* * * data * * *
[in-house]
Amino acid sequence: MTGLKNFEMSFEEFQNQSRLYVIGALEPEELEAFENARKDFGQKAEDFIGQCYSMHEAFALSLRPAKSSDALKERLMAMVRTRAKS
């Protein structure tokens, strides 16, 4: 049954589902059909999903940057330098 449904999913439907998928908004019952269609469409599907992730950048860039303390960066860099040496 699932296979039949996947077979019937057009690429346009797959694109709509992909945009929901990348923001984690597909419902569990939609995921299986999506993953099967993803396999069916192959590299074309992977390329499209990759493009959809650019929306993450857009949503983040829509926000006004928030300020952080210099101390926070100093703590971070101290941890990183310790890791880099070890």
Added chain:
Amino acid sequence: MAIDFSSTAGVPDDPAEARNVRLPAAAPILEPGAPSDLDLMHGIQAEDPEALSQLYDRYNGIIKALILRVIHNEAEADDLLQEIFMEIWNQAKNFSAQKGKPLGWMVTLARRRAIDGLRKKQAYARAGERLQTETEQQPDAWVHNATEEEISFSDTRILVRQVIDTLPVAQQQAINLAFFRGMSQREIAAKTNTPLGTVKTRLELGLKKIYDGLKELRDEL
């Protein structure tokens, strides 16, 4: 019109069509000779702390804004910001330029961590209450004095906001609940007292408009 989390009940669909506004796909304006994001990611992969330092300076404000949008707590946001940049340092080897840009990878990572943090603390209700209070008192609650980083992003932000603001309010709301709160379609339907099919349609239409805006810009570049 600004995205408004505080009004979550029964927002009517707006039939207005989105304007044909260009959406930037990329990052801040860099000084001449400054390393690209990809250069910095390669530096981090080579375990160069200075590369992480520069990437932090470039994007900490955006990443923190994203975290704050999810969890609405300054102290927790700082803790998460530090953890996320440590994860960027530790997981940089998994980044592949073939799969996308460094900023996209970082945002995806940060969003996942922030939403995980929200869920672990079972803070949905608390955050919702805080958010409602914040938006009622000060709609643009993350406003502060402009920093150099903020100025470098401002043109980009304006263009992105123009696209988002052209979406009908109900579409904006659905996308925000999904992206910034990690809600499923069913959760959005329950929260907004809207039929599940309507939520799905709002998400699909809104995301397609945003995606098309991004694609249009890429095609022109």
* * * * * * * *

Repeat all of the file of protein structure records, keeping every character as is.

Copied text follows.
[in-house]
Amino acid sequence: MTGLKNFEMSFEEFQNQSRLYVIGALEPEELEAFENARKDFGQKAEDFIGQCYSMHEAFALSLRPAKSSDALKERLMAMVRTRAKS
């Protein structure tokens, strides 16, 4: 049954589902059909999903940057330098 449904999913439907998928908004019952269609469409599907992730950048860039303390960066860099040496 699932296979039949996947077979019937057009690429346009797959694109709509992909945009929901990348923001984690597909419902569990939609995921299986999506993953099967993803396999069916192959590299074309992977390329499209990759493009959809650019929306993450857009949503983040829509926000006004928030300020952080210099101390926070100093703590971070101290941890990183310790890791880099070890």
Added chain:
Amino acid sequence: MAIDFSSTAGVPDDPAEARNVRLPAAAPILEPGAPSDLDLMHGIQAEDPEALSQLYDRYNGIIKALILRVIHNEAEADDLLQEIFMEIWNQAKNFSAQKGKPLGWMVTLARRRAIDGLRKKQAYARAGERLQTETEQQPDAWVHNATEEEISFSDTRILVRQVIDTLPVAQQQAINLAFFRGMSQREIAAKTNTPLGTVKTRLELGLKKIYDGLKELRDEL
């Protein structure tokens, strides 16, 4: 019109069509000779702390804004910001330029961590209450004095906001609940007292408009 989390009940669909506004796909304006994001990611992969330092300076404000949008707590946001940049340092080897840009990878990572943090603390209700209070008192609650980083992003932000603001309010709301709160379609339907099919349609239409805006810009570049 600004995205408004505080009004979550029964927002009517707006039939207005989105304007044909260009959406930037990329990052801040860099000084001449400054390393690209990809250069910095390669530096981090080579375990160069200075590369992480520069990437932090470039994007900490955006990443923190994203975290704050999810969890609405300054102290927790700082803790998460530090953890996320440590994860960027530790997981940089998994980044592949073939799969996308460094900023996209970082945002995806940060969003996942922030939403995980929200869920672990079972803070949905608390955050919702805080958010409602914040938006009622000060709609643009993350406003502060402009920093150099903020100025470098401002043109980009304006263009992105123009696209988002052209979406009908109900579409904006659905996308925000999904992206910034990690809600499923069913959760959005329950929260907004809207039929599940309507939520799905709002998400699909809104995301397609945003995606098309991004694609249009890429095609022109």